La Junta Municipal Court
Your Rights in Municipal Court
- 1. You have the right to hire and attorney to represent you.
- 2. You are entitled to a reasonable continuance (or reschedule) in order to hire an attorney to assist you.
- 3. You have the right to require witnesses to attend court on your behalf. The court will issue the appropriate subpoenas or subpoena duces tecum at no charge, to require a witness to appear in court.
- 4. You have the right to testify on your behalf.
- 5. You have the right to refuse to testify. This cannot be used against you.
The first appearance in court is known as an "arraignment". At this time the officers and witnesses do not appear. Your options are the following:
- 1. You may pay your ticket.
- 2. You may ask the court for a Trial to the Court at which the judge will make all of the determinations. If you ask for a trial, it will be set for a later date. Both afternoon and evening times are available.
- 3. In certain cases you may ask the judge for a trial to a jury, which will convene at a later date. This must be confirmed in writing and may require a deposit toward the costs.
- 4. You may request to meet with the City Attorney in order to work out a "plea bargain". For traffic tickets the court clerk already has the information about what "plea bargain" is available.
If you elect to pay your ticket, you may do so by seeing the clerk, signing a plea of guilty and paying the fine. If this is done by the original court date, court costs will not be added.
Alternative Two & Three
If you choose a Trial to the Court or Trial to a Jury, it is the judge's (or jury's) job to determine your innocence or guilt from the evidence. The judge will schedule your trial date two to three weeks in advance so that you will have time to subpoena witnesses. At your trial all witnesses must be present because the trial will be the final court proceeding for your case.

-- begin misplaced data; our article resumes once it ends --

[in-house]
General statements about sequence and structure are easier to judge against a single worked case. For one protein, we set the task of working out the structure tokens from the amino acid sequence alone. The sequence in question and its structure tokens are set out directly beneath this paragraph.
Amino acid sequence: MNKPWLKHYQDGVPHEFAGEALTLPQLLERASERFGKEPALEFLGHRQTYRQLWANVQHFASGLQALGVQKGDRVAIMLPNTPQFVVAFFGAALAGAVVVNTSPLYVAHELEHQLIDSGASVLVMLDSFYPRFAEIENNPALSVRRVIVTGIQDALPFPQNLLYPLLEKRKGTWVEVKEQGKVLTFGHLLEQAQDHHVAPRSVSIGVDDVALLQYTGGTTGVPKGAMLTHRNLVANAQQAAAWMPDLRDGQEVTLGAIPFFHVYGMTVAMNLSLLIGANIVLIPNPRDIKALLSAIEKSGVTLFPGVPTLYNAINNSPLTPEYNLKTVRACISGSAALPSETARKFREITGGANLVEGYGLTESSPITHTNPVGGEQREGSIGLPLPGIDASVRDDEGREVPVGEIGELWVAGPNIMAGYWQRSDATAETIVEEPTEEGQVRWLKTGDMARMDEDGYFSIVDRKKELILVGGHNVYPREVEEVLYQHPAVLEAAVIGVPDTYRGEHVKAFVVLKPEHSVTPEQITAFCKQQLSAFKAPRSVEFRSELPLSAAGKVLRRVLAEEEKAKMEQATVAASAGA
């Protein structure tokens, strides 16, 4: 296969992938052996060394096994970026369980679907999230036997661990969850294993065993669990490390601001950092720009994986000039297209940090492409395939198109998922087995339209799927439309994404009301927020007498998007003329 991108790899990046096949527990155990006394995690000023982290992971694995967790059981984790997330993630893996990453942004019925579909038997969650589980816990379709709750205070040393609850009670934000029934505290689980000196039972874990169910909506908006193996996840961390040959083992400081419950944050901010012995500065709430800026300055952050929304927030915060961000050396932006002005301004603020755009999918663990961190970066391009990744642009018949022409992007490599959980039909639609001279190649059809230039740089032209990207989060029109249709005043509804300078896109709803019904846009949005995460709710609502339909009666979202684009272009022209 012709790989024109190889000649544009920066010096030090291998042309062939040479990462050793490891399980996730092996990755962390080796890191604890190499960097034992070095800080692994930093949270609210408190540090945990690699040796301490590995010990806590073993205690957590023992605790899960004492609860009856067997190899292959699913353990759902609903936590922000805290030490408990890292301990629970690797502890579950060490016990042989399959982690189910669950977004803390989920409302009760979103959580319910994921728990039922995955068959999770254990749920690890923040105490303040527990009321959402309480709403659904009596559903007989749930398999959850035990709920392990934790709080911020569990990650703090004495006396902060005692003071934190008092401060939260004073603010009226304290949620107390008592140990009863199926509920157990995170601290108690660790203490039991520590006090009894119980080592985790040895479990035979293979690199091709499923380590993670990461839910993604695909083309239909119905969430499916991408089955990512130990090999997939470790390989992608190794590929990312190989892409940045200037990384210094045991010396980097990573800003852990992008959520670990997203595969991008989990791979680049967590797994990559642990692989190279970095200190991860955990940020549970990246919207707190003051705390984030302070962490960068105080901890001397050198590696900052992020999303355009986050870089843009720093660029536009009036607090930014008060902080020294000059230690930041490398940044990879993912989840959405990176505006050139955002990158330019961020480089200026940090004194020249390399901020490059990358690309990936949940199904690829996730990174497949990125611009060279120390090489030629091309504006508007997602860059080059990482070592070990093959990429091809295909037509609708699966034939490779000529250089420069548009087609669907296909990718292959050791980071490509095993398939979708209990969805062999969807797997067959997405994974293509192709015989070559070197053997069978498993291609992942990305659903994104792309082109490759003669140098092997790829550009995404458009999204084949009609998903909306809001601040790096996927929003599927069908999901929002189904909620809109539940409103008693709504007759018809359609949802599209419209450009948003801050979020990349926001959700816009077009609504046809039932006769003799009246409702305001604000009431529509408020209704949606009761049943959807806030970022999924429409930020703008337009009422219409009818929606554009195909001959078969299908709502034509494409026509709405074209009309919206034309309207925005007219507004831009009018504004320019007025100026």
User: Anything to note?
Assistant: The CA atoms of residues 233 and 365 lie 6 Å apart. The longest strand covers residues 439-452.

If you elect to proceed with a trial to a jury, you may do so only if you pay a $25.00 jury fee to the court clerk within 25 days after your first appearance in court. You must also file a written jury demand. If you fail to make the payment or to request a jury trial within the 25 days, you will have forfeited this right.
If you are charged in a traffic case, the judge or court clerk, can tell you what settlement, or "plea bargain," if any, the city attorney is willing to make. You can complete the paperwork while you are in court.
If you are charged in a non-traffic case and you choose to meet with the city attorney, the clerk will arrange an appointment at a later date for a pretrial conference. If you pick this alternative, the city attorney will discuss the prospect of various plea arrangements at the conference. Most of those will include a payment of some sort of fines and/or costs, so you must be prepared to pay at that time. Typically, the city attorney will discuss matters with you; he does not determine guilt or innocence.
It is important to note that a "plea bargain" is not a constitutional right; therefore, there is a possibility that you may not receive one.
If you are a minor (or under 18 years old) and you select the alternative of a pretrial conference, your parents need to attend the conference with you.
If you and the city attorney arrive at an agreement concerning a disposition of your case, that will be your final appearance in court for this case.